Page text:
What did I do right?
In every lacrosse game there’s no doubt something that you learned or did correctly. Start by giving yourself props for that.
Think about it, for you to even make a single save, something needs to have gone right. There is no such thing as a lucky save.
So make sure to reward the positive steps you take on your goalie journey.
Recognizing the things you’re doing right goes a long way towards building your confidence in the crease.
What could I have done better?
This section in your journal is where you break down the errors you made, framed in a positive way.
Maybe you weren’t loud enough in your communication and it resulted in several goals against.
Maybe you were nervous at the start of the game, didn’t get a good warmup and it impacted your early performance.
Or maybe you and your defense botched several clears that led to turnovers and goals against.
Don’t propose changes here, just let your mind flow.
No goalie is perfect, there is always something that you can work on. When learning to be a great lacrosse goalie, leave your ego at the door.
If you’re coming up with blanks read through your previous journal entries and notes. This should jog your memory.
What am I going to do next time?
This is the place where you correct the issues you identified above. Get specific here.
Just saying “I will communicate more” is weak and ineffective. Instead, really dive in and visualize what you need to do: “Next time an attackman feeds the crease I will yell “CHECK” loud and crisp to tell my defender to check his attackman’s hands”.
Over time, as you journal game after game you will begin to accumulate a lot of data. When you are feeling in a rut, or don’t know what to work on next, go back and read the last month or two’s worth of journal entries. You’ll begin to see patterns of things that you need to work on.
You can also use journaling to get specific on one particular problem of your goalie game. For example, you might track your progress on becoming great at making one on one saves.
Some Additional Lacrosse Goalie Journal Tips
Notebook vs. Evernote/Cell Phone
When it comes to journaling, I am old school and prefer a notebook (like this one).
However, I realize many youth today may not enjoy physically writing with pen and paper.
If that’s the case, then my suggestion is to use Evernote on your cell phone. Evernote also gives you a few key advantages in that you can tag and search your entries more easily, as well as easily share them with parents, coaches, teammates, or friends for feedback.
Evernote also allows you to view your journal on multiple devices like your computer and your cell phone.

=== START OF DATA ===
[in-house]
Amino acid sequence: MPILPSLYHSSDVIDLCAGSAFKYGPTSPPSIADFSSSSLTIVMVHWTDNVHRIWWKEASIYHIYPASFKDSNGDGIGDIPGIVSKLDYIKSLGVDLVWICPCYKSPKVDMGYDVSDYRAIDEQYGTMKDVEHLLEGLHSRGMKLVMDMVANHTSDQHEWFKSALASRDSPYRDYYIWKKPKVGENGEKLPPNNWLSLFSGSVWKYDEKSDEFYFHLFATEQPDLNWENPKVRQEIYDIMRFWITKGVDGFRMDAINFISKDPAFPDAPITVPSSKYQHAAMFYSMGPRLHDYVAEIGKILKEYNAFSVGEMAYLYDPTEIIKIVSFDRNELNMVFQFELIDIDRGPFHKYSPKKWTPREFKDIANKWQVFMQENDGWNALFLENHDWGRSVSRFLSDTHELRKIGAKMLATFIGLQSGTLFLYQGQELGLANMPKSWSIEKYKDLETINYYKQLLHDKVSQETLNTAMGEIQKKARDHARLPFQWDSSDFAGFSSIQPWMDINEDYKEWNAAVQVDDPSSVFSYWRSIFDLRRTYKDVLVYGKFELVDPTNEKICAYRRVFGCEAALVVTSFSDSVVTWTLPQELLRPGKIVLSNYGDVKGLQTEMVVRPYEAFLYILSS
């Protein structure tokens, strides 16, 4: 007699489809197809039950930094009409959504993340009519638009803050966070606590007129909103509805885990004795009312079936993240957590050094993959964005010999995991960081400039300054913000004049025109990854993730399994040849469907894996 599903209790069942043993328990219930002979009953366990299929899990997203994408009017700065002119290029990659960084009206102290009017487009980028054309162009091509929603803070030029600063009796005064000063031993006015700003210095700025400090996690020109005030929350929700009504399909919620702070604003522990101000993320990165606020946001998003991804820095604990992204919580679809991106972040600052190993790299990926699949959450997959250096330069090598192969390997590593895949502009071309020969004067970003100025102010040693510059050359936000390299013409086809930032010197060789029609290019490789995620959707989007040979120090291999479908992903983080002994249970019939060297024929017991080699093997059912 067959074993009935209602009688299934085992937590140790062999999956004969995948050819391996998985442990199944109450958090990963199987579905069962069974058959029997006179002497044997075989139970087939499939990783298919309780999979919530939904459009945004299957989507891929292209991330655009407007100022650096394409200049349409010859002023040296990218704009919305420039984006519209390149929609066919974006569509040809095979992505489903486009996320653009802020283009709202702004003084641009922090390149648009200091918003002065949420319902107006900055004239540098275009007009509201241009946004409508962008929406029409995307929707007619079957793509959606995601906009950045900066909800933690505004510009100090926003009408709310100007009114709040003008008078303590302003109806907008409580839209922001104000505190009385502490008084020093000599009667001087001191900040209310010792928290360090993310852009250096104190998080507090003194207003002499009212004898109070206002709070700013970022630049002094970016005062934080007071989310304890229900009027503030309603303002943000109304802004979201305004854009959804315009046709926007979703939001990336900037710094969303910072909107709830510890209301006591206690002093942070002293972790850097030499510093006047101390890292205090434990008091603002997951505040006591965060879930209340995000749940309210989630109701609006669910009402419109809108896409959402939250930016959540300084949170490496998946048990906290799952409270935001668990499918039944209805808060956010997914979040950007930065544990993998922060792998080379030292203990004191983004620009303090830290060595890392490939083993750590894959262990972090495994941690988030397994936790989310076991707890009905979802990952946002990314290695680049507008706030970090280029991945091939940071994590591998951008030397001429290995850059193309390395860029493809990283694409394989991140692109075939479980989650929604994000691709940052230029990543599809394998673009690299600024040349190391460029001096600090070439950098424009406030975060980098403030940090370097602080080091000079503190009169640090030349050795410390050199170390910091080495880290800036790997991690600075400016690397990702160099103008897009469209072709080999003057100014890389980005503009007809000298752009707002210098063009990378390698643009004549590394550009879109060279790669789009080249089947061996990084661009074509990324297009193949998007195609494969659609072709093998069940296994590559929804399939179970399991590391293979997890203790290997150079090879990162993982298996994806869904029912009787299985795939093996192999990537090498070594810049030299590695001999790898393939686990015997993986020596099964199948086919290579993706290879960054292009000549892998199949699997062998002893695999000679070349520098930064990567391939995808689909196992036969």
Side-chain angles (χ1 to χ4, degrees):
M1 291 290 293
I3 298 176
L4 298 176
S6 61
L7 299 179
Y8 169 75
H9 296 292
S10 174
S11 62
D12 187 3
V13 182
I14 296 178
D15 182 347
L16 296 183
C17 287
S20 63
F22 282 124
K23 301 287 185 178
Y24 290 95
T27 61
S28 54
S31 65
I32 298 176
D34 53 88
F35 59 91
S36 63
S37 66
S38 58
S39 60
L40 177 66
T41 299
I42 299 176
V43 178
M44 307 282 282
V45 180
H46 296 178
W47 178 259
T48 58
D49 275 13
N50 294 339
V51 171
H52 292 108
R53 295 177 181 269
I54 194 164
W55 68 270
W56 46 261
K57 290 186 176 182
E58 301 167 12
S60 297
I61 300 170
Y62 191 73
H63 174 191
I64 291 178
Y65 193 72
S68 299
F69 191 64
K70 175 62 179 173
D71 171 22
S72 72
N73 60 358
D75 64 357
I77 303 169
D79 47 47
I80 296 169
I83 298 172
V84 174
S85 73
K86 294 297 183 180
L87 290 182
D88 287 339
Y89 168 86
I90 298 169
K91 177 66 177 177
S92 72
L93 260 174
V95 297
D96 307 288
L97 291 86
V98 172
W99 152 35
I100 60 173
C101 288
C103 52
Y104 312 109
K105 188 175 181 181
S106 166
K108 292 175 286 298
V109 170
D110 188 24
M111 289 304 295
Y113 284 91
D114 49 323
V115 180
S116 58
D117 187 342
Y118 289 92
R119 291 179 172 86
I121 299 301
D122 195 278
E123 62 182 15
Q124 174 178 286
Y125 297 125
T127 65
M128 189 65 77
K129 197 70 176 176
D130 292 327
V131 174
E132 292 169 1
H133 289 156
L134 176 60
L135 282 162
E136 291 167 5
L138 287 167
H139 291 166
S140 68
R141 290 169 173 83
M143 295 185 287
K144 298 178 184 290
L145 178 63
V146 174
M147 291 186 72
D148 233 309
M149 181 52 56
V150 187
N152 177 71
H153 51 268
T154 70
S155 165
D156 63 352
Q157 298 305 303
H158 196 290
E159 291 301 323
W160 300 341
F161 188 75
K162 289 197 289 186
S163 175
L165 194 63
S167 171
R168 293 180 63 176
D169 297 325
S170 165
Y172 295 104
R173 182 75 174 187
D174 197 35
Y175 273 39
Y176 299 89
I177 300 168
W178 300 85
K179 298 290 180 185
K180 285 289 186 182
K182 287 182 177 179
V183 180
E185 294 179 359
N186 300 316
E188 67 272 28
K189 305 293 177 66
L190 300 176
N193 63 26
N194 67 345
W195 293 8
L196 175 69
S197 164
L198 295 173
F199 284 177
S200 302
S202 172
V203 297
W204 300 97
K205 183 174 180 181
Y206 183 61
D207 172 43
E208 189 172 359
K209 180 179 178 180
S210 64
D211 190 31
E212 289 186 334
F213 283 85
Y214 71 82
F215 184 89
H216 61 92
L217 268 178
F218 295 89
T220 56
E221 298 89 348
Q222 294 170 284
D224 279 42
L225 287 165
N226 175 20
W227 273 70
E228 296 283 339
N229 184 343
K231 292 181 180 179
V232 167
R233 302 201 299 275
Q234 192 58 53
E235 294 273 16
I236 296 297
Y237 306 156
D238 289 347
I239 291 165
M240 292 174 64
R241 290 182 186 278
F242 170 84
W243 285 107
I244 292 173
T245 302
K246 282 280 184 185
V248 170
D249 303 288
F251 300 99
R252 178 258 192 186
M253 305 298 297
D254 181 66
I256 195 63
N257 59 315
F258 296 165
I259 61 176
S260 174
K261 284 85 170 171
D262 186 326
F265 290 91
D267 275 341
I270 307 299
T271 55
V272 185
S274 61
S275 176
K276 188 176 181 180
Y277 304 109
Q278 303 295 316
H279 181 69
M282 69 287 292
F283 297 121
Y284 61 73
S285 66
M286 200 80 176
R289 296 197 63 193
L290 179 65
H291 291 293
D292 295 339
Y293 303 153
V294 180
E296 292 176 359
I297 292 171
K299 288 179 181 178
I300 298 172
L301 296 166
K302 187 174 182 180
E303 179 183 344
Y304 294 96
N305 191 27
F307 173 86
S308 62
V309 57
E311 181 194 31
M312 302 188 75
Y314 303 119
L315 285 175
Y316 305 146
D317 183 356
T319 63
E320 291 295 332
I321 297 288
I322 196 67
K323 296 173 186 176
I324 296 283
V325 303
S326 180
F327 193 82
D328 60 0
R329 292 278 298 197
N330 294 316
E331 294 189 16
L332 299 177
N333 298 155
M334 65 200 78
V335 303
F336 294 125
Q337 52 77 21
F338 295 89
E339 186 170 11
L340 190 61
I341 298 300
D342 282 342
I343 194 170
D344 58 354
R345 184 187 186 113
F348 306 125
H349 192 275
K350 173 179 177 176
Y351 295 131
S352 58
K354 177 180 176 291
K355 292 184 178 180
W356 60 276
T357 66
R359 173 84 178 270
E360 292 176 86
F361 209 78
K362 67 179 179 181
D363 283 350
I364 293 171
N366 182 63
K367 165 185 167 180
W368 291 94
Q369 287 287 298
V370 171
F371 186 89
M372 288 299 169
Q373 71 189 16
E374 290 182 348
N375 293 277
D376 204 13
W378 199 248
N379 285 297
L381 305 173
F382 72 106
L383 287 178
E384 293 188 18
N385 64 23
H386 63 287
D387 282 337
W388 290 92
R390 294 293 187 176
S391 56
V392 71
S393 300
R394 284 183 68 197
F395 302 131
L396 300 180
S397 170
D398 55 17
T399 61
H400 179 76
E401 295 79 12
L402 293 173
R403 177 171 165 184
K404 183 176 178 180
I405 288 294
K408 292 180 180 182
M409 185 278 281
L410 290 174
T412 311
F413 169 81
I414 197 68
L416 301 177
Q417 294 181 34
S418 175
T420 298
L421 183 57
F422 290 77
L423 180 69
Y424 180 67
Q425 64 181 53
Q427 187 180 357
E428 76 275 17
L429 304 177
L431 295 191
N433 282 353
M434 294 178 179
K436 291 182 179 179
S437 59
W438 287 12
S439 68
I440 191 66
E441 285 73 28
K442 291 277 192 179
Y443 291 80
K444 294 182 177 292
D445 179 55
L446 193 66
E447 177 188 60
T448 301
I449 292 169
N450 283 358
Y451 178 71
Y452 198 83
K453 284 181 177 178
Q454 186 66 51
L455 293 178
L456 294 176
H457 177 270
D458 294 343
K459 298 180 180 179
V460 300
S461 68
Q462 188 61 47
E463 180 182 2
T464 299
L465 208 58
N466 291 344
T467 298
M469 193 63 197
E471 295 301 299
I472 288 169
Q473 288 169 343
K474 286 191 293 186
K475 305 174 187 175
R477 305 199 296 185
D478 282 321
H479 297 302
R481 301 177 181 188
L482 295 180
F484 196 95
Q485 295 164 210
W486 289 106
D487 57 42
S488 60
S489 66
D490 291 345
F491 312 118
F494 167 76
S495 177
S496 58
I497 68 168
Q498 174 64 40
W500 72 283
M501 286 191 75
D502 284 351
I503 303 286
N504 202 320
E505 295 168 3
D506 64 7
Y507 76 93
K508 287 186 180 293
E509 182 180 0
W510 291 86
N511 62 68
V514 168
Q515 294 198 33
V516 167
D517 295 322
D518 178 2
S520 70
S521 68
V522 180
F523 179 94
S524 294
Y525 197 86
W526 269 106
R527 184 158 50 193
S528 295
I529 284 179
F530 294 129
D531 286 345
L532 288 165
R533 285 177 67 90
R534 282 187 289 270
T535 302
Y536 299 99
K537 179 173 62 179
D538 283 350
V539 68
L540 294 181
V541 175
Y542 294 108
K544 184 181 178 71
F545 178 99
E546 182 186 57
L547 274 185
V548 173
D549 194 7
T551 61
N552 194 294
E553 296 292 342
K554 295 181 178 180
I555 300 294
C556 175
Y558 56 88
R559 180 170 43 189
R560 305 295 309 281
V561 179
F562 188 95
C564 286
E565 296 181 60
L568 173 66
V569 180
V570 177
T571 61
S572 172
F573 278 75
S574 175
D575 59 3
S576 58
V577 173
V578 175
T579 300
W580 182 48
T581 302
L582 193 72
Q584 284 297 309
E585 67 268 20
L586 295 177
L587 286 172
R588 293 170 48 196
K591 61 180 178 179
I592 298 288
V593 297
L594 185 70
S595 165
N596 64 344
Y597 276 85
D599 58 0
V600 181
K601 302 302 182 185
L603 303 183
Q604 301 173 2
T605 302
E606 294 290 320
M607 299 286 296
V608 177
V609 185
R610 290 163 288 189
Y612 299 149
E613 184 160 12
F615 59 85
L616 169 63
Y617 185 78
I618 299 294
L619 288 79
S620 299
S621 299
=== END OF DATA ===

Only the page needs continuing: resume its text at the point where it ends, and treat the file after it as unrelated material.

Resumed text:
Keep the Entries Short
These journal entries don’t have to be massive entries.
Rather, just a few sentences will achieve the same effect as spending an hour writing a full essay.
These are notes intended for our own use. Writing shorter notes also makes the process of skimming past entries much easier.
So keep it short, but keep it thorough.
I don’t read what’s in a goalie’s journal unless they specifically want me to.
I think the contents of a goalie journal are for the goalie and only for the goalie.
As a coach (or as a parent) I’m there if they have questions but I’m not going to pry into their lacrosse journal.
I will request that for goalies I’m working with we review their goals (and other elements) together. But that’s us reviewing things together, not me prying into their personal thoughts.
This allows the goalie to get extremely personal in journal which will help in the long run.
Ultimately how you use a lacrosse goalie journal is up to you.
Hopefully after reading this post you’re convinced that a lacrosse goalie journal is not only beneficial to improving your goalie play but is something of a must.
A journal is a great way to remember what you’ve learned, motivate you for the future and help you break out of that inevitable slump when the time comes.
By documenting games in terms of 1.) what you did well? 2.) what are areas for improvement? 3.) what will I do differently next time? you’ll be able to notice your bad habits and get them corrected.
Playing goalie in lacrosse is such a mental battle and a lacrosse goalie journal can be your secret weapon for winning that battle.
Until next time! Coach Damon
Anyone else using a lacrosse goalie journal? Any questions about how to use a lacrosse goalie journal? Let me know about in the comments below.